Who needs Iron?
Teenagers and Iron
How much iron do teenagers need?
- Teenagers undergo rapid growth spurts, which increase their nutrient requirements, including iron.
- Many teenagers skip meals or follow fad and unbalanced diets in which iron may be lacking.
- Teenagers who follow a vegetarian diet or who are on a slimming diet have an increased risk of being iron deficient.
Recommended Dietary Intake (RDI) for Iron per day (mg)
Boys (aged 14-18 years), 11mg
Girls (aged 14-18 years), 15mg
Can I get enough iron on a vegetarian diet?
- Well-absorbed haem iron is only found in animal foods - red meat, poultry and fish. The removal of these haem iron foods from the diet greatly reduces absorption of iron.
- Vegetarians need to consume proportionally more iron to meet their daily iron needs as they are relying on non-haem iron.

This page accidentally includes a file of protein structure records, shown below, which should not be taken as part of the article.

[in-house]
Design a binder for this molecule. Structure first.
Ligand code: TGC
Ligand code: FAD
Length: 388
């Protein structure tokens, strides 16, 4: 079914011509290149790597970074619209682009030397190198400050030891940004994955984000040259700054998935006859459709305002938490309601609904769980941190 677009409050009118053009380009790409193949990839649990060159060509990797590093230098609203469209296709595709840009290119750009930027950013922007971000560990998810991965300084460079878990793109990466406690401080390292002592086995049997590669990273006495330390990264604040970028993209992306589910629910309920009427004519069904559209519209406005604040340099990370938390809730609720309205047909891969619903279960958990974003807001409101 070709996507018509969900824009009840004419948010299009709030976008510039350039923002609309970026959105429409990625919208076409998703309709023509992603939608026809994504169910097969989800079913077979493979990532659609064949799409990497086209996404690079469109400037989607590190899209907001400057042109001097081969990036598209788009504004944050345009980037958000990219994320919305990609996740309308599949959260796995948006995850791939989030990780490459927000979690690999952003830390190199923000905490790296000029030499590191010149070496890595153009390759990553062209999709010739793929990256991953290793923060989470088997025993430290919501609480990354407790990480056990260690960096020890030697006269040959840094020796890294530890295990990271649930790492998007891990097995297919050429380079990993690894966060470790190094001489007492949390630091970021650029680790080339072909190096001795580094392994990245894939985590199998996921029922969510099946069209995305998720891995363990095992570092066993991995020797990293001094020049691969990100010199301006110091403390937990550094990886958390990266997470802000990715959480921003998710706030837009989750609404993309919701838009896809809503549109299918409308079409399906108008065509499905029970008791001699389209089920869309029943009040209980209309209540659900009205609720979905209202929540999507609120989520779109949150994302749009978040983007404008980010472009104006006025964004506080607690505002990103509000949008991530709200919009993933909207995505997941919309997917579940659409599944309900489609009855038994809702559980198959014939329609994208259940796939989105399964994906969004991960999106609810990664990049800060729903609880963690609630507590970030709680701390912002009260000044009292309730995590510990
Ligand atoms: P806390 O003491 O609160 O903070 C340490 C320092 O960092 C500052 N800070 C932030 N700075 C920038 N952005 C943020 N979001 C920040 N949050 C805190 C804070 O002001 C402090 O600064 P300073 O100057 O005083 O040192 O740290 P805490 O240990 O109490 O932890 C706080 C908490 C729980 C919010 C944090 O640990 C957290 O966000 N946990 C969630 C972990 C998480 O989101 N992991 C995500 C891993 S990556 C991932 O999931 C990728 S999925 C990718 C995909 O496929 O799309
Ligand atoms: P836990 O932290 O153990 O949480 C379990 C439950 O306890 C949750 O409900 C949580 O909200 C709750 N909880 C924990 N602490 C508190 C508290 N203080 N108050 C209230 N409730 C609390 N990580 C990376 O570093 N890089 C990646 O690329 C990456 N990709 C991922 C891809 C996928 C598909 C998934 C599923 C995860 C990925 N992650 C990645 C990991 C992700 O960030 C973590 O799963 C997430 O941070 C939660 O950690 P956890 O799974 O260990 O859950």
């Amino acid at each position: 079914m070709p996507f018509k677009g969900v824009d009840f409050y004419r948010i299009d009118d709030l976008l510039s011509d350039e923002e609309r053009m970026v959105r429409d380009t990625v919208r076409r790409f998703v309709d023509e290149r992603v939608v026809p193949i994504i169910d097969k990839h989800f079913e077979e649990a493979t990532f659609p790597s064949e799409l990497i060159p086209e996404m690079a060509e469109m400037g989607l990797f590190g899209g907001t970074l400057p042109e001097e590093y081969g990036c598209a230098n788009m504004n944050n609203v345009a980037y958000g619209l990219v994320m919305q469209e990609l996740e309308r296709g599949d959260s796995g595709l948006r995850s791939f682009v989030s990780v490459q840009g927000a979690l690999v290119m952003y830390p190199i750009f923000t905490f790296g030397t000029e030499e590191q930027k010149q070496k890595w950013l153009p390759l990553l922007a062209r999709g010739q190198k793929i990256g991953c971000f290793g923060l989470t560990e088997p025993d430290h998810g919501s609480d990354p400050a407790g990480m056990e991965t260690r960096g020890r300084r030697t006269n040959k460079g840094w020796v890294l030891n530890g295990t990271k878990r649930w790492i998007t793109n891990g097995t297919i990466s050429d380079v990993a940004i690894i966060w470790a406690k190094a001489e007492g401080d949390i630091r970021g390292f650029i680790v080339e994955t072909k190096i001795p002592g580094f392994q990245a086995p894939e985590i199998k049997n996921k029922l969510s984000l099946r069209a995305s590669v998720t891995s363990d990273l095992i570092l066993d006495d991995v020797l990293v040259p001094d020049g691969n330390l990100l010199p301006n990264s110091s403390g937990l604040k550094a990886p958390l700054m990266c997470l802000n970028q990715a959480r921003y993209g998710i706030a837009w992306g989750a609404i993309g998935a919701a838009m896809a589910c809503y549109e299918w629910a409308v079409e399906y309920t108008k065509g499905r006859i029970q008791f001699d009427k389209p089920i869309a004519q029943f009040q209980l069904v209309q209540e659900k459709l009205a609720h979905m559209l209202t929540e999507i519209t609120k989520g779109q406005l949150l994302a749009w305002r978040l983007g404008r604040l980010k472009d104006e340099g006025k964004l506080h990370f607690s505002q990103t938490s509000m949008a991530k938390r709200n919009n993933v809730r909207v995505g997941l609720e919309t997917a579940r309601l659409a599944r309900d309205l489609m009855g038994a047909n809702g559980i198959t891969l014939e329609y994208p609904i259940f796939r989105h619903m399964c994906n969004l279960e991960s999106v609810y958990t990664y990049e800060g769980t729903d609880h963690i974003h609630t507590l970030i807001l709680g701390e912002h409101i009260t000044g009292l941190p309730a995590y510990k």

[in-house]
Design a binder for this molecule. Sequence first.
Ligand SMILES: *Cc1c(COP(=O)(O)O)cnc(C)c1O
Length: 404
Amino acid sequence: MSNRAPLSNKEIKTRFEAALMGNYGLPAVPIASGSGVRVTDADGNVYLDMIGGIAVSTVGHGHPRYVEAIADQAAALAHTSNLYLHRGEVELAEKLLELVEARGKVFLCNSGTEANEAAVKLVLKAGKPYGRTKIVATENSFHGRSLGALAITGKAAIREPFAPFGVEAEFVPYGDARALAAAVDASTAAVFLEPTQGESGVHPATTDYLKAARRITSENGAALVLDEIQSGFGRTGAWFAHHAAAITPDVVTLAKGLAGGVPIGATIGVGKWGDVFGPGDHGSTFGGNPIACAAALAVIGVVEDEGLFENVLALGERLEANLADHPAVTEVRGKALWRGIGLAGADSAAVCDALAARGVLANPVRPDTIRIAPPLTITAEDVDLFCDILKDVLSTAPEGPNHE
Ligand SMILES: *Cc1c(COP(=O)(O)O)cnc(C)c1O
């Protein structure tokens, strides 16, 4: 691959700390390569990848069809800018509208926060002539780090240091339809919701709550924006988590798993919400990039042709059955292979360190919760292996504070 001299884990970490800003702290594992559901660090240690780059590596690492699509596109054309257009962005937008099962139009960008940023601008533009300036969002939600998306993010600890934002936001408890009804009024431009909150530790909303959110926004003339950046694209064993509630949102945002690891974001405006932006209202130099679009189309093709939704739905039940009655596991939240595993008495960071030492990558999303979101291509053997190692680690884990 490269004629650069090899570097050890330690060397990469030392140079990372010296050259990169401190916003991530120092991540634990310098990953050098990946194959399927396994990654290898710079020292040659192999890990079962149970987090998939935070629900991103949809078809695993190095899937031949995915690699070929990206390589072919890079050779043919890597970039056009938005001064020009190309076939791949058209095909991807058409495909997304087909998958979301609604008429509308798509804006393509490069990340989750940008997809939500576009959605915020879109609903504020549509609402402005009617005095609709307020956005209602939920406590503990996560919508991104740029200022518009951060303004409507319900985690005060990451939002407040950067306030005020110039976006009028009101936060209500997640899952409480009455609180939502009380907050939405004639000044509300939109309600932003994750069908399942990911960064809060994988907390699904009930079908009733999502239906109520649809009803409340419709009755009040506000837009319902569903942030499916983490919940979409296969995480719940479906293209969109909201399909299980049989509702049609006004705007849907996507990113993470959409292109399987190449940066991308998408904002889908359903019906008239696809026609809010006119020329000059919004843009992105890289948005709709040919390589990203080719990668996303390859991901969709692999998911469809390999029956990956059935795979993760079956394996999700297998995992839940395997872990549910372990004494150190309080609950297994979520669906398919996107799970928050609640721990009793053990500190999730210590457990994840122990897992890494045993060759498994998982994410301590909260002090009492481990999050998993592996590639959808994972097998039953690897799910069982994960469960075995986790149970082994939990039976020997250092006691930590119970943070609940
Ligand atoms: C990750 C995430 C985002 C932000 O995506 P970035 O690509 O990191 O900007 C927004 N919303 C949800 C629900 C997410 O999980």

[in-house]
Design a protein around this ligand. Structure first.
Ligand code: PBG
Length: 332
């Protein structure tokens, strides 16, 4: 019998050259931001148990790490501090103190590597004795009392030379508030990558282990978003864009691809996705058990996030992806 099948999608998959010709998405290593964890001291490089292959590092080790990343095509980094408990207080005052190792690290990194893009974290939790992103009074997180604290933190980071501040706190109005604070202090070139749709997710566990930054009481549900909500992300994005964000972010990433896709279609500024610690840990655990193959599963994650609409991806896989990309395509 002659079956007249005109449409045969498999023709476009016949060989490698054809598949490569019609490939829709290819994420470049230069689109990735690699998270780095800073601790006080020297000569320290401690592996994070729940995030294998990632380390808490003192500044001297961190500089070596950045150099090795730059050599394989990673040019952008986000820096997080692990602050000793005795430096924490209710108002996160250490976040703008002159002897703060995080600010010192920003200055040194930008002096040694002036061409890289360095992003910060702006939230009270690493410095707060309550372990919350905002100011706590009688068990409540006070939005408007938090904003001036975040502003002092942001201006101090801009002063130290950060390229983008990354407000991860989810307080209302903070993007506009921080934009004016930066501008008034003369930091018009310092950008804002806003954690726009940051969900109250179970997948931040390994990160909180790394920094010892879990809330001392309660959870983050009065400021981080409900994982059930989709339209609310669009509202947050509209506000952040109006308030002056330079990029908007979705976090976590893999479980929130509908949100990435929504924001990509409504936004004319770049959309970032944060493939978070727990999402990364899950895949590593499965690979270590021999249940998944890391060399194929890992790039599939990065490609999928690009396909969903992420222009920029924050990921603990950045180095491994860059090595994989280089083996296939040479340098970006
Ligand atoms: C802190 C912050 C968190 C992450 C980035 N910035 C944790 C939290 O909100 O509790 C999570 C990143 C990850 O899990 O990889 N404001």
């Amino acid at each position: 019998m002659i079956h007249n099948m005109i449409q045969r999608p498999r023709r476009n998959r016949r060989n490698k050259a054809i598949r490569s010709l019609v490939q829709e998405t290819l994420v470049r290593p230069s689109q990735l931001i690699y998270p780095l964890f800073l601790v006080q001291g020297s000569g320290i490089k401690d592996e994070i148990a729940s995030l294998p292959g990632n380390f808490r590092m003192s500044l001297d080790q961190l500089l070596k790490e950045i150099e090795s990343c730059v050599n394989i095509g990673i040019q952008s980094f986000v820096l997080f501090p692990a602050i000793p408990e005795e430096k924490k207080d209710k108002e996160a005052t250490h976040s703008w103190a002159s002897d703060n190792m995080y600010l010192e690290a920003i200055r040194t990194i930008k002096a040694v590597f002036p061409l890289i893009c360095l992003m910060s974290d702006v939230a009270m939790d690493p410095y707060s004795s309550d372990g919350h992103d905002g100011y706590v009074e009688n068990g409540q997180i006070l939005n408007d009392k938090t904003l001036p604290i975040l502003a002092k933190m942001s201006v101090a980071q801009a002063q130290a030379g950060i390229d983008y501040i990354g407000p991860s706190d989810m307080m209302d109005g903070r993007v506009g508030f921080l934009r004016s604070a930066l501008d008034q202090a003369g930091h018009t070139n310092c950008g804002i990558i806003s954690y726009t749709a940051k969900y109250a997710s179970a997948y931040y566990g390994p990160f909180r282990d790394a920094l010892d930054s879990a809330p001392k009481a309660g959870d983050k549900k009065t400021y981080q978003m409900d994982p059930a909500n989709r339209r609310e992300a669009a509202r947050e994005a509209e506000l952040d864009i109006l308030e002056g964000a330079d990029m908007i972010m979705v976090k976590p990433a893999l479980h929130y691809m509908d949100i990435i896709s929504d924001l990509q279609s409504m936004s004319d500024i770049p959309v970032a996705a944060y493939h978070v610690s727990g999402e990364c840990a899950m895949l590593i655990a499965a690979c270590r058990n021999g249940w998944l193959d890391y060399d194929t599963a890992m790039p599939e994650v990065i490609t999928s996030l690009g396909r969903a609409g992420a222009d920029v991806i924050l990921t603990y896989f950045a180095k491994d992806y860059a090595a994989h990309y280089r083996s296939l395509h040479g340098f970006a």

- For most vegetarians, non-haem iron, the poorly absorbed form of iron, is generally the only source of iron in their diet. Vegetarians can meet their daily iron requirements, but it takes very careful planning.
Lean beef and lamb contain less than a fifth of the total fat found in other protein foods such as cheese or nuts as well as providing extra iron, zinc and B vitamins. Due to the high protein content of beef and lamb, it makes a satisfying meal (helping us feel full for longer), aiding weight control.
The high iron content of lean beef and lamb helps you perform your best in the classroom, as iron helps carry oxygen around the body and to the brain, allowing you to concentrate and think!
Iron also provides you with the oxygen capacity for your muscles to function in your sport(s) of choice.
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